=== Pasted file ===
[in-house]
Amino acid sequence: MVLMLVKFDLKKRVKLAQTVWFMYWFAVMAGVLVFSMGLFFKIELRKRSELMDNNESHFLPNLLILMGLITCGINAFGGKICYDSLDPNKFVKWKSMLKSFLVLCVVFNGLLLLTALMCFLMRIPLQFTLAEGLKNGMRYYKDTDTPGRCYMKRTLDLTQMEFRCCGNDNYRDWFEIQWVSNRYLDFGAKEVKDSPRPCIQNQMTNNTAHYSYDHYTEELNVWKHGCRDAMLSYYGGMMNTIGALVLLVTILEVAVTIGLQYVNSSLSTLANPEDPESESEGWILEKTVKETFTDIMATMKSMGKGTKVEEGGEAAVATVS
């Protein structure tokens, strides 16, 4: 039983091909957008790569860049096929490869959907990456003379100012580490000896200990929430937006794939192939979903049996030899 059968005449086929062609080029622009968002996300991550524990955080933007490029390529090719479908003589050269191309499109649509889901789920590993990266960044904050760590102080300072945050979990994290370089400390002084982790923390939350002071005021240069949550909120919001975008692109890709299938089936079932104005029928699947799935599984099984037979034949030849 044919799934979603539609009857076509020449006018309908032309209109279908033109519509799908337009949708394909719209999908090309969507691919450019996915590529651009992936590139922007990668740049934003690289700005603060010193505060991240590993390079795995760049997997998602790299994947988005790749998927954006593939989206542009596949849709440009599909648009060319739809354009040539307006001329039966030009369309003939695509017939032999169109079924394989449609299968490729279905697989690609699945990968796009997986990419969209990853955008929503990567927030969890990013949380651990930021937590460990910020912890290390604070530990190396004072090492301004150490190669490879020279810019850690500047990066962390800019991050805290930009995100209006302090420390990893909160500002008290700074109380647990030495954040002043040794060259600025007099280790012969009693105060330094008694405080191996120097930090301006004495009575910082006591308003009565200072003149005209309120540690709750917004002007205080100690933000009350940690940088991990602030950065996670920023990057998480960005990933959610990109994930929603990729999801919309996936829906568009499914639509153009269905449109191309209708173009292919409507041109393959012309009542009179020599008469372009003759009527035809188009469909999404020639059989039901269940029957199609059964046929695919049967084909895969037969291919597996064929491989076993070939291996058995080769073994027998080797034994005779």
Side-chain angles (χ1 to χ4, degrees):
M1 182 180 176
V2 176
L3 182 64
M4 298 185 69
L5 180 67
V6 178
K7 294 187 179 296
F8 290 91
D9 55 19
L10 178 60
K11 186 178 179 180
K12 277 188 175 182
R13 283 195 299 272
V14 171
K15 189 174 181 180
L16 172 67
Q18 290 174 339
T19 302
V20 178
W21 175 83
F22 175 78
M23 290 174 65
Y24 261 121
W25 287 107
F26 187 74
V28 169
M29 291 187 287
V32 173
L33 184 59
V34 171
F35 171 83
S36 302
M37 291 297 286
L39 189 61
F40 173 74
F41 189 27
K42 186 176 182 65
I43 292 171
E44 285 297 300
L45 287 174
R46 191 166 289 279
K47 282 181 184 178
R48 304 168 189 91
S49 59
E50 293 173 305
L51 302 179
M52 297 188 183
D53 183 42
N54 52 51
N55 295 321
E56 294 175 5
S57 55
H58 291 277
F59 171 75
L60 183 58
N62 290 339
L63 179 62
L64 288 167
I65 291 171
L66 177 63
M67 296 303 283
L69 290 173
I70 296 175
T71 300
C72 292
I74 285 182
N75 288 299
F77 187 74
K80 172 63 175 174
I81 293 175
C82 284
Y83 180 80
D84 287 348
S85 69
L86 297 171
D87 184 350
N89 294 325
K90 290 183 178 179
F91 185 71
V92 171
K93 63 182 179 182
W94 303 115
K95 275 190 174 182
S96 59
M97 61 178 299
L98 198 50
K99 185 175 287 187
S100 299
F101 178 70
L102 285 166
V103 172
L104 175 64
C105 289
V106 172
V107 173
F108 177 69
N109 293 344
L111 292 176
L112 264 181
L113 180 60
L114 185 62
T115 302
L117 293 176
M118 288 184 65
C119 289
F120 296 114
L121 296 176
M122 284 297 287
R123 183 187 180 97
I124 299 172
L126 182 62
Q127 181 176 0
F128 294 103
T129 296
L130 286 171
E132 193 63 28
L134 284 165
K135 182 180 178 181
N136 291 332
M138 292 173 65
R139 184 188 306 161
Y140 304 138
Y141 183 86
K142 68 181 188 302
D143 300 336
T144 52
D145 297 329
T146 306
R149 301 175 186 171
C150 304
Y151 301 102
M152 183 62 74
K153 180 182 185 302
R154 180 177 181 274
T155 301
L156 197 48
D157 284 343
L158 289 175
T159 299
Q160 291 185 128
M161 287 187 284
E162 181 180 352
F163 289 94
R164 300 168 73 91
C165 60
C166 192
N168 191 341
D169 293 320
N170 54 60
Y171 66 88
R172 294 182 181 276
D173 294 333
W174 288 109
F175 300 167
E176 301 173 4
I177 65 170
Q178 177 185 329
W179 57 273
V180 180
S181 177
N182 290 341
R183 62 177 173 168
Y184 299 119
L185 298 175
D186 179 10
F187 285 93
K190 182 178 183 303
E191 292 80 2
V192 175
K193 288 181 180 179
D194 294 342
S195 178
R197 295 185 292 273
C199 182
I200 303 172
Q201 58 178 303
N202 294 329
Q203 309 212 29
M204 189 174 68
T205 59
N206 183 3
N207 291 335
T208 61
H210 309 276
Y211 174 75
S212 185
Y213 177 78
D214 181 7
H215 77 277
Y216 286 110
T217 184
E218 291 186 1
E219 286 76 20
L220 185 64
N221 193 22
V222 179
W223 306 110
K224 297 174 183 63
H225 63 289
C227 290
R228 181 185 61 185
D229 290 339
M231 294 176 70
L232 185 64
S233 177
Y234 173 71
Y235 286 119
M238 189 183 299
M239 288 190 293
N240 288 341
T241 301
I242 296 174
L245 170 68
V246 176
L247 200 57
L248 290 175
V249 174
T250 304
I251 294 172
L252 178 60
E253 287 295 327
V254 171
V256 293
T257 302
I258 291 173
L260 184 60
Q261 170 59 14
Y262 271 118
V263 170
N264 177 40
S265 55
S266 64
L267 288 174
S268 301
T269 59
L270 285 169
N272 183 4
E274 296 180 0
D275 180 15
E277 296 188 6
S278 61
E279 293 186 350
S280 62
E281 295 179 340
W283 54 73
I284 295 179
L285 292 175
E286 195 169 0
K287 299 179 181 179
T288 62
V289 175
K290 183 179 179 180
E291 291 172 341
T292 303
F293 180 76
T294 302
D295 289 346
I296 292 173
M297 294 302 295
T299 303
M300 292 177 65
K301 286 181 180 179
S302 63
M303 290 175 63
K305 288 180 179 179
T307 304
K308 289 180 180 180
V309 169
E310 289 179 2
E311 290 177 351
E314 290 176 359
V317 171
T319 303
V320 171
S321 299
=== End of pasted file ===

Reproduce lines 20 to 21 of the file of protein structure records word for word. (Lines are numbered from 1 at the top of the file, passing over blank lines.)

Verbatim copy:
L16 172 67
Q18 290 174 339